Summary: Taking place in India and America, Inheritance of Loss covers the stories of the spiteful Judge, trained in England; his granddaughter Sai; his cook, saving money for his son; the cook's son as he struggles in America, and other characters amid unrest in their town in India.
Musings: Like a number of other books I've read on India, Inheritance of Loss discusses the pull many Indians feel between their home country, England, and America, and the many different positive and negative feelings associated with each country. This novel not only covers poverty in India, but it also includes the struggle of immigrant poverty in America, whereas other books I'd read (such as Interpreter of Maladies) concerned professional Indians now living in America.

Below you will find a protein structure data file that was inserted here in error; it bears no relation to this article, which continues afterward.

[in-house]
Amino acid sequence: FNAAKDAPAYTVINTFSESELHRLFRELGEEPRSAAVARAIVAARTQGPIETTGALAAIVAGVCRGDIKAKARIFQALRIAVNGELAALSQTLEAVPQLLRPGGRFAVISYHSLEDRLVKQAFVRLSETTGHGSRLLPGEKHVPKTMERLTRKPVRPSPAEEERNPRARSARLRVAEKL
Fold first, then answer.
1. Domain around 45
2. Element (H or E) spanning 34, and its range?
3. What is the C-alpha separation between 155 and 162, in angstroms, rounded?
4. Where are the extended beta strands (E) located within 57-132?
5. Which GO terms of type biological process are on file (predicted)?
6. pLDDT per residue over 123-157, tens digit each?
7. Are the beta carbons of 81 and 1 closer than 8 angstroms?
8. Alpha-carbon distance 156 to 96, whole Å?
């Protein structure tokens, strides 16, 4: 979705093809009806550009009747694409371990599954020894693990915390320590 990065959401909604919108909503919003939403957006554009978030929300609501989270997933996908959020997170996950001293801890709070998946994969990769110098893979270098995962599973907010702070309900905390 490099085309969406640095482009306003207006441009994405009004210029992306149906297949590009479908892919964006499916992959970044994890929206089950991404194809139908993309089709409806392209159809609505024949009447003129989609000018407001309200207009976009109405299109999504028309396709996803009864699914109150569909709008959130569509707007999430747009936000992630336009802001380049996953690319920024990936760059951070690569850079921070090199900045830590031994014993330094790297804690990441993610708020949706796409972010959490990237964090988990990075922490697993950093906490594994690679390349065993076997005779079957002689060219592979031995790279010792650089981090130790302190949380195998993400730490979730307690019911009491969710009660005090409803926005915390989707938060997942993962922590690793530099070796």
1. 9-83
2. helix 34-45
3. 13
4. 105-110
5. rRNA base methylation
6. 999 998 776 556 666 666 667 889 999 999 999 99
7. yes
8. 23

In the Institute I'm participating in this summer, our director has discussed the findings of Terry Gilligan, who did work with some of the most violent offenders in jail. Gilligan found that the common denominator among these men was shame. It was intense shame that created the impetus for the men to be violent. This idea is especially present in Desai's novel, particularly in the Judge. His simultaneous shame of his culture and his shame over the treatment of his culture by whites creates intense anger in him, which most potently manifests itself in violence against his wife.
The book is not particularly uplifting, but it does end with a moment of joy between a separated father and son. Desai writes lyrically, and the small chapters create intense moments of feeling.